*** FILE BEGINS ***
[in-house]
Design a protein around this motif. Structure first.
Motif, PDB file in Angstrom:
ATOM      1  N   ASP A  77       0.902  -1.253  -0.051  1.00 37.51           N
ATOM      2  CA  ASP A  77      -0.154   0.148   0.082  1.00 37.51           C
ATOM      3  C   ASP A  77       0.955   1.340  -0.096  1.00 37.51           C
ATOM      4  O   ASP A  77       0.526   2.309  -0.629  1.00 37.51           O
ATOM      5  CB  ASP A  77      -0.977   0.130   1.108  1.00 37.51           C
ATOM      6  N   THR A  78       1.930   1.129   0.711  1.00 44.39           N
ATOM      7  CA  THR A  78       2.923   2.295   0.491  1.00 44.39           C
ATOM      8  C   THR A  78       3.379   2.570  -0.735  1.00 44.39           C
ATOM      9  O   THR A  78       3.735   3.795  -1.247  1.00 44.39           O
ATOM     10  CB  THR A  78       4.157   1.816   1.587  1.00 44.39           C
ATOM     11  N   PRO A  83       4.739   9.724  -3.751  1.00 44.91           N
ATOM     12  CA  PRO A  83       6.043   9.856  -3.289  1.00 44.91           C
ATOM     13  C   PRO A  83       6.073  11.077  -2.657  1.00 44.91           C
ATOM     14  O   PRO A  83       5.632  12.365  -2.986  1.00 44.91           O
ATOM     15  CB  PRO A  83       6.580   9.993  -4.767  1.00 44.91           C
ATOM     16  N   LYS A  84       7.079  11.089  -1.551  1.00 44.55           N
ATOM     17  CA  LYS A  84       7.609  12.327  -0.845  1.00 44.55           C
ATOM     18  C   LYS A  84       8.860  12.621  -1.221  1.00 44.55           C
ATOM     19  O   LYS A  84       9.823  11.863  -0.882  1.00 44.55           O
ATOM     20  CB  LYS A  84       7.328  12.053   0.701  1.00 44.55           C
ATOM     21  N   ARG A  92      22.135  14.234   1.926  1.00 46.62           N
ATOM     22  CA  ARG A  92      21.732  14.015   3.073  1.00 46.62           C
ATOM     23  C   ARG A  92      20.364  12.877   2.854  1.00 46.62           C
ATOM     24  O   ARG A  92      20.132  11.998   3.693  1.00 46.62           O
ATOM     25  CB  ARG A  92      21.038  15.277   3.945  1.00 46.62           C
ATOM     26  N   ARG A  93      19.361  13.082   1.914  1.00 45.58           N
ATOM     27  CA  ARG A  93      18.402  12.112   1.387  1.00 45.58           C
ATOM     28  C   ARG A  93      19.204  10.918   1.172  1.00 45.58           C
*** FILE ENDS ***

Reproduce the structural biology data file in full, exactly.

[in-house]
Design a protein around this motif. Structure first.
Motif, PDB file in Angstrom:
ATOM      1  N   ASP A  77       0.902  -1.253  -0.051  1.00 37.51           N
ATOM      2  CA  ASP A  77      -0.154   0.148   0.082  1.00 37.51           C
ATOM      3  C   ASP A  77       0.955   1.340  -0.096  1.00 37.51           C
ATOM      4  O   ASP A  77       0.526   2.309  -0.629  1.00 37.51           O
ATOM      5  CB  ASP A  77      -0.977   0.130   1.108  1.00 37.51           C
ATOM      6  N   THR A  78       1.930   1.129   0.711  1.00 44.39           N
ATOM      7  CA  THR A  78       2.923   2.295   0.491  1.00 44.39           C
ATOM      8  C   THR A  78       3.379   2.570  -0.735  1.00 44.39           C
ATOM      9  O   THR A  78       3.735   3.795  -1.247  1.00 44.39           O
ATOM     10  CB  THR A  78       4.157   1.816   1.587  1.00 44.39           C
ATOM     11  N   PRO A  83       4.739   9.724  -3.751  1.00 44.91           N
ATOM     12  CA  PRO A  83       6.043   9.856  -3.289  1.00 44.91           C
ATOM     13  C   PRO A  83       6.073  11.077  -2.657  1.00 44.91           C
ATOM     14  O   PRO A  83       5.632  12.365  -2.986  1.00 44.91           O
ATOM     15  CB  PRO A  83       6.580   9.993  -4.767  1.00 44.91           C
ATOM     16  N   LYS A  84       7.079  11.089  -1.551  1.00 44.55           N
ATOM     17  CA  LYS A  84       7.609  12.327  -0.845  1.00 44.55           C
ATOM     18  C   LYS A  84       8.860  12.621  -1.221  1.00 44.55           C
ATOM     19  O   LYS A  84       9.823  11.863  -0.882  1.00 44.55           O
ATOM     20  CB  LYS A  84       7.328  12.053   0.701  1.00 44.55           C
ATOM     21  N   ARG A  92      22.135  14.234   1.926  1.00 46.62           N
ATOM     22  CA  ARG A  92      21.732  14.015   3.073  1.00 46.62           C
ATOM     23  C   ARG A  92      20.364  12.877   2.854  1.00 46.62           C
ATOM     24  O   ARG A  92      20.132  11.998   3.693  1.00 46.62           O
ATOM     25  CB  ARG A  92      21.038  15.277   3.945  1.00 46.62           C
ATOM     26  N   ARG A  93      19.361  13.082   1.914  1.00 45.58           N
ATOM     27  CA  ARG A  93      18.402  12.112   1.387  1.00 45.58           C
ATOM     28  C   ARG A  93      19.204  10.918   1.172  1.00 45.58           C